Social skills lesson Essay Example

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Development of a Social Skill Lesson Plan


Social Skills Lesson Plan

Skill Taught: Conversation skills

Target age group: 6-7 years with Down syndrome

  1. Define the skill: What is conversation?

  2. Model the skill: The students to imitate the teacher. This will help the teacher understand the level of conversation skills.

  3. Establish the needs of the students: Persons with Down syndrome have unique needs (Chapman & Key, 2011); the conversation skills needs will thus differ from one child to the other.

  4. Establish role player: Two children requested to volunteer.

  5. Set up role play: In setting up the role play, consider the challenges faced by students with Down syndrome such as hearing challenges.

  6. Conduct the role play

  7. Get feedback on the role play by discussion with the children.

  8. Give children homework on the skill.

  9. Repeat the role play, all the children to have a chance to participate in the role play.


Talking in turns, listening to talk without interrupting and speaking politely are some of the important components of good conversation skills (Ellis, 2003). Conversation skills help children to know how to communicate with other people. A conversations skill foster self regulation in the children and promotes positive social behaviour. In conversation, speech is crucial as it helps the child when expressing him/herself. However, Chapman and Key (2011) found that children with Down syndrome have communication, behaviour and listening challenges. As a result, the children develop speech later in life and consequently the children conversation skills are lower compared to those of the other children.

Good conversation skills play a crucial role in learning, development, enhancing social behaviours and in social interactions of the children with Down syndrome. According to Chapman and Key being able to talk and listen to others is very important for the children with the Down syndrome, it specifically helps in addressing the challenging behaviours and enhances the ability of the children to make friends and voice out their needs. Conversation skills can be acquired through proven teaching methods. Bearing in mind that the children with Down syndrome have difficulties in learning (Chapman & Key, 2011) they have also been found to have difficulties in starting conversation, maintaining eye contact, knowing how to get the attention of the person they are conversing with and due to challenging behaviour they may have not developed polite speaking skills.

Teaching conversation skills to the children with Down syndrome is paramount to their holistic development. The skills will equip them with the life skills and will help them in overcoming some of the challenges in social interactions. However, the children with Down syndrome have unique needs which should be considered when teaching the skill.


Conversation skills have great impact on the life of an individual, conversation influence how an individual interacts with other people, and the likeability of the individual. It through likeability, that an individual gains acceptance. A research conducted by Cooke et al (2007) found that children with good conversation skills were found to be happier and readily accepted by other children; they could be admitted in games faster compared to the children who had not learned the skill. Through good conversation skills, children with Down syndrome also develop and enhance other skills that are important in life such as making friends, listening and interacting with other people. Children with good conversation skills are also more confident, have higher self esteem, self control and thus can interact with other people easily (Rondal &Buckley, 2005).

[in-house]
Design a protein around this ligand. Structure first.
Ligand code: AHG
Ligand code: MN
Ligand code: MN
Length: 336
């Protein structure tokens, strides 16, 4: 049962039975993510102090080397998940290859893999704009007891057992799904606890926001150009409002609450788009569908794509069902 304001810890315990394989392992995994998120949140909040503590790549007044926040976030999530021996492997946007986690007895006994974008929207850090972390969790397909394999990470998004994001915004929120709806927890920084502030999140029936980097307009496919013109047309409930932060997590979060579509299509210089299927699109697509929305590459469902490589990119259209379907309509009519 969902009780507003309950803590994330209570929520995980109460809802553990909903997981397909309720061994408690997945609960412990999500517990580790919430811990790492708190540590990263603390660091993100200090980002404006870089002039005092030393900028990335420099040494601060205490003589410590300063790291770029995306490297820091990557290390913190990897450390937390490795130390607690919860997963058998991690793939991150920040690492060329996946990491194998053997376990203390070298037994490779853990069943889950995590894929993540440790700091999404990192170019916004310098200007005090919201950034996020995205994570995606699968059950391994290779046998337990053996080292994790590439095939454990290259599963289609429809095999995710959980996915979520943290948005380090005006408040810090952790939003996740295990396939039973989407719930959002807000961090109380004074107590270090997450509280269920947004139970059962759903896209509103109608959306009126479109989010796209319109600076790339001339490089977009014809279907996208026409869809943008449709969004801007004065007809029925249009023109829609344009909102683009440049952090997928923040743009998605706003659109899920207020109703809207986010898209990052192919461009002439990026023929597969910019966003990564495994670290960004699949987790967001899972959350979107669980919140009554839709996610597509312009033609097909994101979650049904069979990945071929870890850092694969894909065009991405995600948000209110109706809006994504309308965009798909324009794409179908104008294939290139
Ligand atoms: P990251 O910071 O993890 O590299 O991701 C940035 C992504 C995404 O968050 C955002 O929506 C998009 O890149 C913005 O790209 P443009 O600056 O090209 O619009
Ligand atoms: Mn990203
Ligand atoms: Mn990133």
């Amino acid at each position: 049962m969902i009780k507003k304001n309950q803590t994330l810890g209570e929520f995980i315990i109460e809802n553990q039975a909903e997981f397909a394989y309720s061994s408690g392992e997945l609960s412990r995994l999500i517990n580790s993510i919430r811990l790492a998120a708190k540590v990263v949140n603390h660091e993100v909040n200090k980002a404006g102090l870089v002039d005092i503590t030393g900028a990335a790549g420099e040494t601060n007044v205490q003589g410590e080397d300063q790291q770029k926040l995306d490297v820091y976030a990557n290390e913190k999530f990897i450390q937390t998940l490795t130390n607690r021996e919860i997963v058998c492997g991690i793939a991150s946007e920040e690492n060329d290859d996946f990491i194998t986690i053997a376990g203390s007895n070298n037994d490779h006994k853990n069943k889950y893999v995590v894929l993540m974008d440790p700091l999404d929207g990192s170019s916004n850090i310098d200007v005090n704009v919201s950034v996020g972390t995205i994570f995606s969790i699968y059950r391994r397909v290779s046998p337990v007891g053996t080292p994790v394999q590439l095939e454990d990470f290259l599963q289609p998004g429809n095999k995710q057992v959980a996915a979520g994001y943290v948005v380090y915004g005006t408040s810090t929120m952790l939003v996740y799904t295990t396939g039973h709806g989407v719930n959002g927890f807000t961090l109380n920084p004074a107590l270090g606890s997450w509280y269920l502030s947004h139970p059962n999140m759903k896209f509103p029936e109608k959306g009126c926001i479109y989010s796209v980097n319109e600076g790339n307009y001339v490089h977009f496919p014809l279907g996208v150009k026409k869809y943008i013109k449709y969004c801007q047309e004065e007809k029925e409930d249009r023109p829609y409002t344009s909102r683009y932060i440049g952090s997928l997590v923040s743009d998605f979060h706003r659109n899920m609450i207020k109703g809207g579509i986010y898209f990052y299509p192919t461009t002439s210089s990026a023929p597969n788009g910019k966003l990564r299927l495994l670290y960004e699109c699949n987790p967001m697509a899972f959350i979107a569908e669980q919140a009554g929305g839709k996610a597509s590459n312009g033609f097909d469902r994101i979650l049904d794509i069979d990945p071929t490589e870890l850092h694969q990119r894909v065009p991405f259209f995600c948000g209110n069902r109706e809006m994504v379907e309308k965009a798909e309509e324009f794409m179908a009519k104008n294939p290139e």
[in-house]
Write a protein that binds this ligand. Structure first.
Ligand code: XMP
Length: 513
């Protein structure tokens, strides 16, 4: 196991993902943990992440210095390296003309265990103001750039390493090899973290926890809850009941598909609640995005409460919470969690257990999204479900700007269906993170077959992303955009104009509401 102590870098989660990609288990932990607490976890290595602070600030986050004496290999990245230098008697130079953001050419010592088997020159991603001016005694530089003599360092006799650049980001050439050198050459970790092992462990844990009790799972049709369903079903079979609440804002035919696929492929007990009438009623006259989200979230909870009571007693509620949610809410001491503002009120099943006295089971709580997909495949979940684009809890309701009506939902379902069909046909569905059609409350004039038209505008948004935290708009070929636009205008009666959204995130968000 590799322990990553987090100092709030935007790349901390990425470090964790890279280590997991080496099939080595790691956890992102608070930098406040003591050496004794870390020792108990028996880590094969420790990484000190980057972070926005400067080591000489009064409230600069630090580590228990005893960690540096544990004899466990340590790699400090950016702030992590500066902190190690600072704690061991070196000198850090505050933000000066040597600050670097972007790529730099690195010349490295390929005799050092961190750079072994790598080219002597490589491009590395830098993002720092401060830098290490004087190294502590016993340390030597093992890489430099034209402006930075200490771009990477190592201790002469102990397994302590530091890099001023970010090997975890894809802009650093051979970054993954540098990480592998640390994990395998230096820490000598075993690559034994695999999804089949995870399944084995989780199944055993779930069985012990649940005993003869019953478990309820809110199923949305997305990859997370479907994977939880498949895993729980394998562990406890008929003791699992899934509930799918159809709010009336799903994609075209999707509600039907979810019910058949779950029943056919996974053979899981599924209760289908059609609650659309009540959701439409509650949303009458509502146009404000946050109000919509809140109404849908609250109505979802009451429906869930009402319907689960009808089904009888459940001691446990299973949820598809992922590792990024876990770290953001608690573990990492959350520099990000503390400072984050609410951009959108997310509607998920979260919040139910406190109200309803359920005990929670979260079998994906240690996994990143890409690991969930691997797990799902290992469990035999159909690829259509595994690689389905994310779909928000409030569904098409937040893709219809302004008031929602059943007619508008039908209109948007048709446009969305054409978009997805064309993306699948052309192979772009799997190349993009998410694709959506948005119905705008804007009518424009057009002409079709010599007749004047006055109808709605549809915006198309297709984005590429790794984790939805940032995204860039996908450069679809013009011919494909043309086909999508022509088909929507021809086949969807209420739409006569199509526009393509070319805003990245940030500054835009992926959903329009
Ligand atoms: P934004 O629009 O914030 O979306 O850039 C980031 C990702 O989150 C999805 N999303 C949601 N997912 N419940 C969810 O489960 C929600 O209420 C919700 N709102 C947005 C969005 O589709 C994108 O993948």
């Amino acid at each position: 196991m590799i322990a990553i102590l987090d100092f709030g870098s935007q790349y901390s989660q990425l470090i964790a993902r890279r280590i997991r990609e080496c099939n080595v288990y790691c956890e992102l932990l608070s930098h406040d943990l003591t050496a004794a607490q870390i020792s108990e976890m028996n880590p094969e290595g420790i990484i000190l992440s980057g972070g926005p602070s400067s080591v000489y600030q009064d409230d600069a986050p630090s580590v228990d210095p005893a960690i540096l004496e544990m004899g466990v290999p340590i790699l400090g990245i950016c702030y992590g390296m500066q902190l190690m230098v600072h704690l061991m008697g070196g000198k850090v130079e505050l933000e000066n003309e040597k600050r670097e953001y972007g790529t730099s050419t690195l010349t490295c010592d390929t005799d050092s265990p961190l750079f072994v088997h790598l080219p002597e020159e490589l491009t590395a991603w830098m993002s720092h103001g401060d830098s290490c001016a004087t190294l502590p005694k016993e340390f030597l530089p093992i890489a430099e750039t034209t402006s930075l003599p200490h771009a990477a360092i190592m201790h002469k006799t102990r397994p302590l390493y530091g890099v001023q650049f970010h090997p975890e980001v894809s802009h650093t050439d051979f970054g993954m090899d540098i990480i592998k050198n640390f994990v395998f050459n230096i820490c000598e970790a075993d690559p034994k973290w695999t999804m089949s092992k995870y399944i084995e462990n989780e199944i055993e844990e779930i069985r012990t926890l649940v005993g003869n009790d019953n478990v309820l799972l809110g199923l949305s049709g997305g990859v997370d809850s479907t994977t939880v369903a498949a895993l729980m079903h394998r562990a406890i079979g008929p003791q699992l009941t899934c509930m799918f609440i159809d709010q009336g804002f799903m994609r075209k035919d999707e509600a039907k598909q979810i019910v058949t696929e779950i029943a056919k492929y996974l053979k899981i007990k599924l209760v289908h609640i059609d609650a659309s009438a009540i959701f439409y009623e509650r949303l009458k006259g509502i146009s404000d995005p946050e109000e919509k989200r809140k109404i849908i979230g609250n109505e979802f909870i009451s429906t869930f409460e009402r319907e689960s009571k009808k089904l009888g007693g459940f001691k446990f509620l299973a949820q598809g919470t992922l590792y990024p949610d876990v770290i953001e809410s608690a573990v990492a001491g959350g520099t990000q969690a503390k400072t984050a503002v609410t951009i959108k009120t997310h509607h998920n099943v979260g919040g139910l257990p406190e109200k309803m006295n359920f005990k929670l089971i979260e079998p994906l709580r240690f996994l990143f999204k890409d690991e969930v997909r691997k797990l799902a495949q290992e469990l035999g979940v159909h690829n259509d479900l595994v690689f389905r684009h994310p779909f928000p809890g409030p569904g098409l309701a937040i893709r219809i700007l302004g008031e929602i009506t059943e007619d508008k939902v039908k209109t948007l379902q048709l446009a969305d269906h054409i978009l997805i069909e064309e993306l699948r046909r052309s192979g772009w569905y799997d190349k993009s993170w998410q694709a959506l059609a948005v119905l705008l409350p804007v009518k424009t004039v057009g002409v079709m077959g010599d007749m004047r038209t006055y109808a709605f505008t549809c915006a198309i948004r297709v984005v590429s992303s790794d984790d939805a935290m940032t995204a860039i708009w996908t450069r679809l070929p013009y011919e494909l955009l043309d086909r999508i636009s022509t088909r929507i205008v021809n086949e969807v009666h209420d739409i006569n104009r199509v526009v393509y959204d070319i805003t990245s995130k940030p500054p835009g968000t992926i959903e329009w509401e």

Home: The child with Down syndrome is tasked with receiving visitors and keeping them company before the parents arrive.

Peers: The children are placed in groups of three and are to debate a pertinent issue affecting them (the children are allowed to debate without moderation).

School: The children are left to play with their peers without disability.

Evaluating the effectiveness of the lesson

In order to find out whether the children have acquired the skill, assessment need to be carried. The evaluation of the skills acquired s normally based on the objectives set for the skill being taught (Borroso & Pon, 2005).The evaluation of the skill will involve continuous evaluation of the child at school and home. At school, the teachers in charge of the children will be provided with a form with indicators for the positive and negative conversation skills. The teachers will monitor the child and provide feedback on the provided form; this will be a simple form in which the teacher ticks the observations made. The parents will be explained about the conversation skill the children are undergoing and will be provided with a similar form to that of the teachers but with roles that relate to home setting. Data from the teachers and parents will be analysed to determine whether the children have acquired the skill.


Barroso, K. and Pon, S. (2005). Effective lesson planning. A facilitator’s guide. Sacramento, CA: American Institute for Research.

Chapman, R. and Kay, E. (2011). Language development in childhood, Teaching number skills and concepts with Numicon materials. Down Syndrome Research and Practice. 12(1), pp. 22-26.

Cooke, M., Ford, J., Levine, J. Bourke, C, Newell, L and Lapidus, G. (2007). The effects of city wide on implementation of ‘Second Step’ on elementary school students’ pro social and aggressive behaviours. The Journal of Primary Prevention, 28 (2), pp. 93-115.

Ellis, R. (2003) Task-based Language Learning and Teaching. Oxford: Oxford University Press.

Rondal, J. and Buckley, S. J. (2005) Speech and Language Intervention in Down syndrome. Down Syndrome Research and Practice, 7 (1), pp. 17-23.